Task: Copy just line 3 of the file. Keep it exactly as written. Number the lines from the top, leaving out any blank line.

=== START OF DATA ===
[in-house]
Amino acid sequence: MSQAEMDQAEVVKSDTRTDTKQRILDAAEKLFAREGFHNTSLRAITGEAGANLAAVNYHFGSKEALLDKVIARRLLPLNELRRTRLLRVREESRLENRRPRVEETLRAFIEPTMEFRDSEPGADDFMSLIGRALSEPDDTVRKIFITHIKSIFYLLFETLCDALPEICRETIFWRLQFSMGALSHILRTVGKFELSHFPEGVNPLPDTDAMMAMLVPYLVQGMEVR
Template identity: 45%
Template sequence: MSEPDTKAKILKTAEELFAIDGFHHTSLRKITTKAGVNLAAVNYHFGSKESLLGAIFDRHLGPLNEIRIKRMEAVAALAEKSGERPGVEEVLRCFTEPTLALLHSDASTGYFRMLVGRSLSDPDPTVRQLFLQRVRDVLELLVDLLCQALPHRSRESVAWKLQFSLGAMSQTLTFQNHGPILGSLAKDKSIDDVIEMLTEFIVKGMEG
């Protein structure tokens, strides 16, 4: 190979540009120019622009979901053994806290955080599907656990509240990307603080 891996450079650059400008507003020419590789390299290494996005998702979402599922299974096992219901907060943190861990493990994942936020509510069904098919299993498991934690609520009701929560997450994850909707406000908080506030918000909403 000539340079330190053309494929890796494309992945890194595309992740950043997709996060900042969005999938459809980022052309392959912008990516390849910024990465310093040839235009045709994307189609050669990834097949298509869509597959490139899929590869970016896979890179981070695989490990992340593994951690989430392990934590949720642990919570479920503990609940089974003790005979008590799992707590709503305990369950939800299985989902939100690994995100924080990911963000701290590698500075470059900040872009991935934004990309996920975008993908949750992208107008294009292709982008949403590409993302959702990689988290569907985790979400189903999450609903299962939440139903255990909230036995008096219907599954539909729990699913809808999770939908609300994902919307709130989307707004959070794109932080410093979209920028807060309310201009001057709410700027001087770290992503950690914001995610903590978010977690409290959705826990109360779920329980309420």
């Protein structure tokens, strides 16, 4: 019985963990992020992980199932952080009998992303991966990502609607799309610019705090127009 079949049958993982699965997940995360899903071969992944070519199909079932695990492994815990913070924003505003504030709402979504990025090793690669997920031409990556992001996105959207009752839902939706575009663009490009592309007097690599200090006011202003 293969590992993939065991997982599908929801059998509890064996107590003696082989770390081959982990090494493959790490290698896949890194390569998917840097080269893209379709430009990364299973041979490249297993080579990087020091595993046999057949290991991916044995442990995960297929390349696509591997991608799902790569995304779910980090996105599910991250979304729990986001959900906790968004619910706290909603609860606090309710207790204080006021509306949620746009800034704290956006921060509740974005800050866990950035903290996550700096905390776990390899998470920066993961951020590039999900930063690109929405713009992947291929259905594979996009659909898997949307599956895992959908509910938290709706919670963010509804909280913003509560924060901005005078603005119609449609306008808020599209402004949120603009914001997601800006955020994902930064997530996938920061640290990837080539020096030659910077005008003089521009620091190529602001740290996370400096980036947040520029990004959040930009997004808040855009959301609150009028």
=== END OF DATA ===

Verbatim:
Template identity: 45%